Respectful Disagreement

I’ve followed with curiosity the flurry of Executive Orders from President Trump in the early days of his presidency.  By and large, he is making good on some of his major campaign themes and promises.  I assume these promises are part of why people elected him president in the first place (and yes, despite Trump getting fewer votes than Hillary, he still counts as the elected president, just like four other presidents before him).

I’ve refrained from commenting on all of this until now, based on a post from a colleague with a Lutheran spin on all of this.  Lutheran Immigration and Refugee Services (LIRS) issued a statement condemning Trump’s Executive Order to begin construction of a physical barrier along the US border with Mexico.  LIRS has worked for nearly a century to assist those in need in the midst of physical relocation.  While I applaud the scope of work that LIRS engages in, I vehemently disagree with their press release objection.

Building a physical barrier does not mean that there will be no way into the United States.  There are still plenty of legal entry points.  What it means is that entry will be controlled (at least in theory).  Refugees are different than illegal immigrants and drug smugglers, and I would expect that there are protocols for processing refugees at our borders, rather than simply inviting them to walk in wherever and whenever they like.  I am highly sympathetic to the notion that if we do not control our borders, what is the point of having them?  If we don’t have the right to determine who does and does not enter our country, are we really a country?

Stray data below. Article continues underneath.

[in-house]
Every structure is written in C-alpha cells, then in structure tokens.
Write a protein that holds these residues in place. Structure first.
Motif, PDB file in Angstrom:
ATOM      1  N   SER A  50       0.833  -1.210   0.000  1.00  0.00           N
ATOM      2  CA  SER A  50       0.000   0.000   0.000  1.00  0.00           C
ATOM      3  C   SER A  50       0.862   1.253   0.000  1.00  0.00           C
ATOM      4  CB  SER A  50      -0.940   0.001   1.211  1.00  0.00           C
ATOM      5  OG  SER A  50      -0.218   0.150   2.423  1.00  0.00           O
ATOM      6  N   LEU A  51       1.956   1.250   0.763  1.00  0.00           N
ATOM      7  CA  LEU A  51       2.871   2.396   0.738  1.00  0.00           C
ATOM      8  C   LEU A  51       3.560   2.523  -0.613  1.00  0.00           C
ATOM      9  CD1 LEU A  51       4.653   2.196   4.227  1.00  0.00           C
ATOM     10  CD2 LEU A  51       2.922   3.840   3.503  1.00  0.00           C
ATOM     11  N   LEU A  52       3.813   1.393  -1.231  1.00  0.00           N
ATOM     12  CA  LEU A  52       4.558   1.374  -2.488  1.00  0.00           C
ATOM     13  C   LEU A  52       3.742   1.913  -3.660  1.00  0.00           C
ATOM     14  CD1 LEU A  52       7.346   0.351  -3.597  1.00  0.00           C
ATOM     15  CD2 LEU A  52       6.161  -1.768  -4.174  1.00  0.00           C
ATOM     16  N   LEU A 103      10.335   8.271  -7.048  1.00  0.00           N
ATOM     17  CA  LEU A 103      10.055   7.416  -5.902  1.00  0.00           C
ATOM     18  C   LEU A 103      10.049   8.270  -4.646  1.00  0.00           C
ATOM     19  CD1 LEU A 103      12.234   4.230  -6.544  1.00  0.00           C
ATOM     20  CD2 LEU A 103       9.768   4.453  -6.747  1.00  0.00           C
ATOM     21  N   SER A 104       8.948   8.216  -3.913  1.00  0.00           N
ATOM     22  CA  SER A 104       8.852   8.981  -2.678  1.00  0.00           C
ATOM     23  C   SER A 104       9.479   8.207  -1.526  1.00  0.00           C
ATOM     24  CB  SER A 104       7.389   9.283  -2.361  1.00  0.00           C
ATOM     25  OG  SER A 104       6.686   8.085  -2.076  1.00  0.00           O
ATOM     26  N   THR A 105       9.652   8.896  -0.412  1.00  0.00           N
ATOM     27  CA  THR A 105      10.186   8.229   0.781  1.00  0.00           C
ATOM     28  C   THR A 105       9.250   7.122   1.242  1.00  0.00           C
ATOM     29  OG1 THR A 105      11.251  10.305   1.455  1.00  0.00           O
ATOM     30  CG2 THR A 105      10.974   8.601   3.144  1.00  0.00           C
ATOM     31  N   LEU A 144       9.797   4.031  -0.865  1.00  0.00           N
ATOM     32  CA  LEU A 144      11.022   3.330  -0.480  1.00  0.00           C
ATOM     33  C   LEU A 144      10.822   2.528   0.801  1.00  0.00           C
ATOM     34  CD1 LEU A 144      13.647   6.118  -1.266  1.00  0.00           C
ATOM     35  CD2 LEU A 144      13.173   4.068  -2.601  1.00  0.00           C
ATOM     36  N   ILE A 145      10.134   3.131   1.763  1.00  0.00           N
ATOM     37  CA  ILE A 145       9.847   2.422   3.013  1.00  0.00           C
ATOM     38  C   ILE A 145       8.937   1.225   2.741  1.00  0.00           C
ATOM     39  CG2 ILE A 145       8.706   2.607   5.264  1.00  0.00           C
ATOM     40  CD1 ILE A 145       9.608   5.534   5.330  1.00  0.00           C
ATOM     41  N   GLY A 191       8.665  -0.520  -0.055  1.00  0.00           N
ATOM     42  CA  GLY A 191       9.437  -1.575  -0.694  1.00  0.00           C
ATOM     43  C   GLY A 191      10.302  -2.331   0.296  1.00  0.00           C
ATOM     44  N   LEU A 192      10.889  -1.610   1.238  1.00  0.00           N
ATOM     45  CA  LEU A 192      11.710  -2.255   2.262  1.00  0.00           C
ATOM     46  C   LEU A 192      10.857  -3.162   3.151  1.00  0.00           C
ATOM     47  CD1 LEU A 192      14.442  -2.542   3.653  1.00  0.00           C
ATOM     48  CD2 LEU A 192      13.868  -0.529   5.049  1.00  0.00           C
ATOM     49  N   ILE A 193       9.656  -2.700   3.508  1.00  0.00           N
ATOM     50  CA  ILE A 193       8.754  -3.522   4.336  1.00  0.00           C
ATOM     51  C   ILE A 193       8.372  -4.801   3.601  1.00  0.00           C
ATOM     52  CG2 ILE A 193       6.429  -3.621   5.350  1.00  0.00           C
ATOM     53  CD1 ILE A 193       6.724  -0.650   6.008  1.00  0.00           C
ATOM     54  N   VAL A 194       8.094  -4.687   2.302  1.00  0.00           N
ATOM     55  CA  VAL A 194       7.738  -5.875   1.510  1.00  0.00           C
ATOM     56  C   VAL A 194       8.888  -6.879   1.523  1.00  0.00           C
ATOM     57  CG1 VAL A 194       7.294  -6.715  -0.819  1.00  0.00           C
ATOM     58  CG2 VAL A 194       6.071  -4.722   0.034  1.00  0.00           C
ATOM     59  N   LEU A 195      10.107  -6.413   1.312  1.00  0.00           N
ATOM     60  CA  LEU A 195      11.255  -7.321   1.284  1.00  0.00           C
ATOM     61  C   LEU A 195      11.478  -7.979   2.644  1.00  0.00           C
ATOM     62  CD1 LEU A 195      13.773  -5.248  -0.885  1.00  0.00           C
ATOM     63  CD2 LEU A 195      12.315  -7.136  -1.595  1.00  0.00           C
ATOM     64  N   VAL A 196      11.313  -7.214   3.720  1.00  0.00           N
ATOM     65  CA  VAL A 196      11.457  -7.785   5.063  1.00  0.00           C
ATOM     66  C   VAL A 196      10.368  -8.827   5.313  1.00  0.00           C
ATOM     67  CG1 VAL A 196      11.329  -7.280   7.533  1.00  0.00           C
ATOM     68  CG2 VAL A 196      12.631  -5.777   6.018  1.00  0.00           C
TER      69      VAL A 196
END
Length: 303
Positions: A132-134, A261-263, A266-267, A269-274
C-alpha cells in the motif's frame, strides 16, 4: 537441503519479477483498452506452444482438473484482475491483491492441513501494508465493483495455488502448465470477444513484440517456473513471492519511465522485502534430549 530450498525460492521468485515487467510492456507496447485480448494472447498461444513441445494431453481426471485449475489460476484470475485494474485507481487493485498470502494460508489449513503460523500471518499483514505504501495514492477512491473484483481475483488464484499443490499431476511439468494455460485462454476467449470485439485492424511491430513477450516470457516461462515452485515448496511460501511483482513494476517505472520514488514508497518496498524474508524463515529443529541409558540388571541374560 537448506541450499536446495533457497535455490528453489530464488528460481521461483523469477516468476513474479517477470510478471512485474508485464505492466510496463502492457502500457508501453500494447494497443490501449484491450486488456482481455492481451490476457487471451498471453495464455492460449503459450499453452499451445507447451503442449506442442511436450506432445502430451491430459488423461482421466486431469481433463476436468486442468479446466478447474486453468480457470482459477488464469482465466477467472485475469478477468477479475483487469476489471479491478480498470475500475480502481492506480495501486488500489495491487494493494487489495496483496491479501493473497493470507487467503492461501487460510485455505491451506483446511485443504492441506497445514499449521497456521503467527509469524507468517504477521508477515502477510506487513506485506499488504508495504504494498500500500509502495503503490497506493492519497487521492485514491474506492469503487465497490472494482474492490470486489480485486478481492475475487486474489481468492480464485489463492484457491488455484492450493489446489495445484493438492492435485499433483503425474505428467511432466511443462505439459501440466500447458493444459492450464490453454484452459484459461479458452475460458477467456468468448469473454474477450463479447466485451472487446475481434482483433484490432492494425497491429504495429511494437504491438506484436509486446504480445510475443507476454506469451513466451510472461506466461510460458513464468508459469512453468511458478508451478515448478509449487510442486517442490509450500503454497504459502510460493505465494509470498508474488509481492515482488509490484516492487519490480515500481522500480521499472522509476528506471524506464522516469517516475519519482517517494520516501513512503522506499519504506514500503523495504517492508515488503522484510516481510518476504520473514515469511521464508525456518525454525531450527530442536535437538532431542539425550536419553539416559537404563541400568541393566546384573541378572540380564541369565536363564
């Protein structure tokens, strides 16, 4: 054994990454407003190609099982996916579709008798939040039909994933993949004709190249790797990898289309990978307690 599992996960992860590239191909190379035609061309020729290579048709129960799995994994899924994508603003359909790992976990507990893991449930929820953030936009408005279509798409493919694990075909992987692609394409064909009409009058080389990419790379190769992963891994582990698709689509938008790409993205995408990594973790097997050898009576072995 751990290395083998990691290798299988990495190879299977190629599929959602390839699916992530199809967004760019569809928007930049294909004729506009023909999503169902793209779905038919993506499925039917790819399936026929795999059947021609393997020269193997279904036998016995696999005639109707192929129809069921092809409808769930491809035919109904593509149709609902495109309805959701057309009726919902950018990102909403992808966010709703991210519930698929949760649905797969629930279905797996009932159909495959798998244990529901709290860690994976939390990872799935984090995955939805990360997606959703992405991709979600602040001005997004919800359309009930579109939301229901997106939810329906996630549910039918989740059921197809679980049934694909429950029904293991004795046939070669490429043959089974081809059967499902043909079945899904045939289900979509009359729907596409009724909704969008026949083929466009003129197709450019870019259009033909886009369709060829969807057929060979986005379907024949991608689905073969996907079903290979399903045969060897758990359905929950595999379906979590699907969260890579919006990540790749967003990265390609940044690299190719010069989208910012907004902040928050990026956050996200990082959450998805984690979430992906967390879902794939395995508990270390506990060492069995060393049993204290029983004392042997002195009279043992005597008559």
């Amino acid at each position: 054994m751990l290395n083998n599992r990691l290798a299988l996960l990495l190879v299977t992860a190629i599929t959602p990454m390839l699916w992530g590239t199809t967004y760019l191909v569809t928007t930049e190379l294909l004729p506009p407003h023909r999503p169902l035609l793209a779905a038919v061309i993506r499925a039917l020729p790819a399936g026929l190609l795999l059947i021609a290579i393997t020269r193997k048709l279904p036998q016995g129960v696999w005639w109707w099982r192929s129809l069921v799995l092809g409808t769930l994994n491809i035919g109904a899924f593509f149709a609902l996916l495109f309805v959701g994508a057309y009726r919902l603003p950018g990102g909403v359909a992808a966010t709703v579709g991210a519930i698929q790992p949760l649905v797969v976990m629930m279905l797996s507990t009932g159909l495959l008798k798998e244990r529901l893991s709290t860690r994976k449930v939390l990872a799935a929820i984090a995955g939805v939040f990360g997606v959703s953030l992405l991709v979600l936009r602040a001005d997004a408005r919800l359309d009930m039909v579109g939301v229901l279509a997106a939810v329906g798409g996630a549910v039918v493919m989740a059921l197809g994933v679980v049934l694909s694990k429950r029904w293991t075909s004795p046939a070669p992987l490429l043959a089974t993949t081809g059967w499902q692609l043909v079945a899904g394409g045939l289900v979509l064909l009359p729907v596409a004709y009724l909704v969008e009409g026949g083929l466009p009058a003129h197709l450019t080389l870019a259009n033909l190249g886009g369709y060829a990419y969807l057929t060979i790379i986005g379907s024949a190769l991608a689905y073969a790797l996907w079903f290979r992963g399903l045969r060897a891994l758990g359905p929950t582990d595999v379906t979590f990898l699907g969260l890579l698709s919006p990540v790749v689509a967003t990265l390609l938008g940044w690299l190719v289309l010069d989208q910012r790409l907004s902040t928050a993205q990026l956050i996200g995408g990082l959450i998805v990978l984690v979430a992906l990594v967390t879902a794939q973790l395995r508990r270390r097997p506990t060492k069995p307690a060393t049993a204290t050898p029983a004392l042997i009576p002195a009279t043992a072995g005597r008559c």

Yes, as a Christian I welcome my “new neighbors” and “embrace” them.  But I do so as they follow the laws of this country, and that begins with entering the country in a legal fashion.  The physical barrier is not an issue (or at least shouldn’t be) for refugees and immigrants.  It is intended to address illegal immigration and criminal activity (drug smuggling, human trafficking, etc.).  Yes, I am exhorted to love and care for my neighbors and I will gladly do so.  But there is nothing inherently unChristian about having rules and regulations that are actually followed regarding how someone becomes my neighbor.

If you’re concerned about appropriate help and assistance for immigrants and refugees (as I am), border control should not be your main concern.  Your main concern should be the policies that will be followed at the legal points of entry.  Talk with the people who live along the Mexican border and you’ll find that many of them are very disturbed and alarmed that the laws of our country that help protect them and their families and their businesses have been ignored, putting them directly in danger.  How are we loving and embracing these people as our neighbors?

I am saddened by LIRS’ statement.  I am glad that they are working to help people in need, but their press release is needlessly divisive and ultimately pointless.  Border control is not the issue – immigration reform and clearer refugee policies are the issue.

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